“Thinking, Fast and Slow” by Daniel Kahneman

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I started reading it couple of years ago. I abandoned it 20%in. It seemed discouraging to learn that humans react rather than they actually think. This year, I decided to give it another go. And I appreciated all the wealth of perspectives about how we can improve our decision-making once we are aware about our biases and the shortcuts our brains take. Kahneman puts it this way: “So this is my aim for watercooler conversations: improve the ability to identify and understand errors of judgement and choice, in others and eventually ourselves, by providing a richer and more precise language to discuss them. In at least some cases, an accurate diagnosis may suggest an intervention to limit the damage that bad judgements and choices often cause”.

At times the book is theory heavy, yet I found many useful things for my project management work. I learned more about how the human brain works, so that I improve my interactions with others. It can serve us in preparations for the project’s board or in negotiations with the project’s sponsor. Especially, if we remember that “We can be blind to the obvious. And we are also blind to our blindness.”

For teams management, I found it useful to note that “Too much concern about how well one is doing in a task sometimes disrupts performance by loading short-term memory with pointless anxious thoughts. … self-control requires attention and effort”. Or that for some of us, “cognition is embodied; you think with your body, not only with your brain”. And the concept of affect heuristics – the tendency to base our decisions on our emotions; “the emotional tail wags the emotional dog”.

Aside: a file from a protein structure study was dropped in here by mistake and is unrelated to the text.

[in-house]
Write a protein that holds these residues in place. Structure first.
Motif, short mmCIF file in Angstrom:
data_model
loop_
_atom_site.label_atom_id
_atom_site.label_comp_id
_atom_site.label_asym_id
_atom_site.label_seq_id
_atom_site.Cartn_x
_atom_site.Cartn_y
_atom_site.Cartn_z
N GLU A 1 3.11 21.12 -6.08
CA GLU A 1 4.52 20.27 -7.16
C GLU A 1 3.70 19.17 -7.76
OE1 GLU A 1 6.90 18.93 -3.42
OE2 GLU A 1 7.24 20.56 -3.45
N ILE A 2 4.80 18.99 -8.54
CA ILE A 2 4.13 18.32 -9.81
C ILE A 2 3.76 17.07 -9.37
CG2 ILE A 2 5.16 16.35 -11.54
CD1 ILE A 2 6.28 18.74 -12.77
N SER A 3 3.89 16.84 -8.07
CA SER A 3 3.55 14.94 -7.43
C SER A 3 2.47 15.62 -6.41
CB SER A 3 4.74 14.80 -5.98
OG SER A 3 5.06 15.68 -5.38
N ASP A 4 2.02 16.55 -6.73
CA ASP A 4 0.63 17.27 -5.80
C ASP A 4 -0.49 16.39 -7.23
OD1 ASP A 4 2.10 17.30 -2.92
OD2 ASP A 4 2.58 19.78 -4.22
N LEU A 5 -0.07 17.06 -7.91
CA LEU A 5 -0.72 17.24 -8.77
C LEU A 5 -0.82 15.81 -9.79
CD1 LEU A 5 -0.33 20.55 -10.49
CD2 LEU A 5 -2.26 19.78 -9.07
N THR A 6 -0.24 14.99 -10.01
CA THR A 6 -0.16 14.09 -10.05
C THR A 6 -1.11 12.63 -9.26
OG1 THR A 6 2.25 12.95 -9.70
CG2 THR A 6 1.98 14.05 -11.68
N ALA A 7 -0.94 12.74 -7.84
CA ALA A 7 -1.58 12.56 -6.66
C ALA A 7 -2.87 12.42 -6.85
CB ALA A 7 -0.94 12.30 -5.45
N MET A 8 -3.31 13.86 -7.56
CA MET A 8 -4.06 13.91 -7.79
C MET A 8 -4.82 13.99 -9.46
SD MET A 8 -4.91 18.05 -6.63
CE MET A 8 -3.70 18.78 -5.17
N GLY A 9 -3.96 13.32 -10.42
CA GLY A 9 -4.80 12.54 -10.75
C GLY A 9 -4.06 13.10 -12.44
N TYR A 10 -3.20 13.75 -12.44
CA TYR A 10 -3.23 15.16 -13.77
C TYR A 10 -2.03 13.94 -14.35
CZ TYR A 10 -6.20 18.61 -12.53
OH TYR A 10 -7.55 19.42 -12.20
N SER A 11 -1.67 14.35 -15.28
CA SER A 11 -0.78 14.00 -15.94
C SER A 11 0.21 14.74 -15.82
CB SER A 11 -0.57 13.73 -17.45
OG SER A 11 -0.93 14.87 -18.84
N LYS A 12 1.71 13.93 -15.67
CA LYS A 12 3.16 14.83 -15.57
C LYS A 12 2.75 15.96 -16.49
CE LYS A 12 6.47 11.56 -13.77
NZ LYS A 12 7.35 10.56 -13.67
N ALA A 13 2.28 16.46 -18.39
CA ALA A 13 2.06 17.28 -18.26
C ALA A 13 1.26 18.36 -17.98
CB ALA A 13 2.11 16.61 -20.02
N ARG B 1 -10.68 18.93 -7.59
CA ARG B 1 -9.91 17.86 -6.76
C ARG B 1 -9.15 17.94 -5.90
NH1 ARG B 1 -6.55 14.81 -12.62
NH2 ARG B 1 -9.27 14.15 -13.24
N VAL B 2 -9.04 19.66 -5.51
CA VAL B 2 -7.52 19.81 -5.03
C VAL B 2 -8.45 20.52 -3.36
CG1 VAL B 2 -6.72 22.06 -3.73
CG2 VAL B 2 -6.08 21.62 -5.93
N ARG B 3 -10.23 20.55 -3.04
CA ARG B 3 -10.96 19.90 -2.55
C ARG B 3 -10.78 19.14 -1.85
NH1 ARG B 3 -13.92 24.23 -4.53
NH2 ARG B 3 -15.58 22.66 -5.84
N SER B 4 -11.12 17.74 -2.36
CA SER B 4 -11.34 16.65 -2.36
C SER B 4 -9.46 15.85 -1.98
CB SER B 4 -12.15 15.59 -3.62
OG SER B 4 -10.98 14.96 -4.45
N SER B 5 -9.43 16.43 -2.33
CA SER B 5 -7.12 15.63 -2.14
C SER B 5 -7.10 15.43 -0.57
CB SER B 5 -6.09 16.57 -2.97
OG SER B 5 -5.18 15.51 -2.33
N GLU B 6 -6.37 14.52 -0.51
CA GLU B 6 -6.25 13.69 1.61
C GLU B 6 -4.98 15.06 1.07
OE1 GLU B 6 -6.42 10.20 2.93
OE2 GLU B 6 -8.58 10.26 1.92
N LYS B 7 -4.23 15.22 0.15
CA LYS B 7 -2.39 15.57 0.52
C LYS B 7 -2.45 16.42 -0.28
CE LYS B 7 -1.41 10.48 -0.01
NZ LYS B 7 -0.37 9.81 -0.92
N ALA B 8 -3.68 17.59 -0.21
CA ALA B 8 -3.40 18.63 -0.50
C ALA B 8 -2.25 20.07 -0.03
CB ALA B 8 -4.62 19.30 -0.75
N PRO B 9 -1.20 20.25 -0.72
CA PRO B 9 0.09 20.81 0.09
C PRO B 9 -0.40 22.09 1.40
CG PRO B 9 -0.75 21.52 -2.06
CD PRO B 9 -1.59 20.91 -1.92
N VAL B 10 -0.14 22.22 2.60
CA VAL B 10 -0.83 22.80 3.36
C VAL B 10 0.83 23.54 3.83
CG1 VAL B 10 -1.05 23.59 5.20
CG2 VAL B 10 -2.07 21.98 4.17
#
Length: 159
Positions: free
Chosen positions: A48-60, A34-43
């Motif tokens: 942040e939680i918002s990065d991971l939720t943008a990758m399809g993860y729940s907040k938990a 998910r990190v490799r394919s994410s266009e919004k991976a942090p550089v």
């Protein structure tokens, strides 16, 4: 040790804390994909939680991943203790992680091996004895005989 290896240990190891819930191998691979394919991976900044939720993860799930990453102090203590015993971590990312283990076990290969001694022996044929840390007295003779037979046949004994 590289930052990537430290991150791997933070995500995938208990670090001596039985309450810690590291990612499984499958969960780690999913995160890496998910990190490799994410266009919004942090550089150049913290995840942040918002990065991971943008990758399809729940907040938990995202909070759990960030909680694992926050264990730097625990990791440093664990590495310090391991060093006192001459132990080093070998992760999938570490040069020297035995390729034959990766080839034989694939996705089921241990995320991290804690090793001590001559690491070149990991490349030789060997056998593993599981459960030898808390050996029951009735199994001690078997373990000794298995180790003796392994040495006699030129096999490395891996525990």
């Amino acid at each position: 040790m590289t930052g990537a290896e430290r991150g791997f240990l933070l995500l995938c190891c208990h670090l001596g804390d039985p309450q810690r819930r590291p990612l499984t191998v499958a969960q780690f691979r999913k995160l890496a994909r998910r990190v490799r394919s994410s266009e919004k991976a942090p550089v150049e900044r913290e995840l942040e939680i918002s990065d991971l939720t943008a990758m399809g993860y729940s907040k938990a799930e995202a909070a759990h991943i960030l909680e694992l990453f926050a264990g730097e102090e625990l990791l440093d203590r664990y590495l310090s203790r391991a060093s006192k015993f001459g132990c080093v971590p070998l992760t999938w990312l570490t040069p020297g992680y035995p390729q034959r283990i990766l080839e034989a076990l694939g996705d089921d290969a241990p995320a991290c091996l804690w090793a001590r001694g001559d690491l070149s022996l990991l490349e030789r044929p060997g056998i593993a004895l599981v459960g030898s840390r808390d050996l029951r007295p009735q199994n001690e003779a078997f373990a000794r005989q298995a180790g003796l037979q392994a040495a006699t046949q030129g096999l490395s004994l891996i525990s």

When we do risk management in projects, it is useful to remember that “risk” does not exist “out there”, independent of our minds and culture, waiting to be measured. Human beings have invented the concept of “risk” to help them understand and cope with the dangers and uncertainties of life. Although these dangers are real, there is no such thing as “real risk” or “objective risk” (see Slovic’s theory for more).

For a drop of intellectual humility it is useful to be aware that “Expertise is not a single skill; it is a collection of skills, and the same professional may be highly expert in some tasks in her domain while remaining a novice in others”.

These are just a few of my takeaways. You are welcome to share yours if you read the book.

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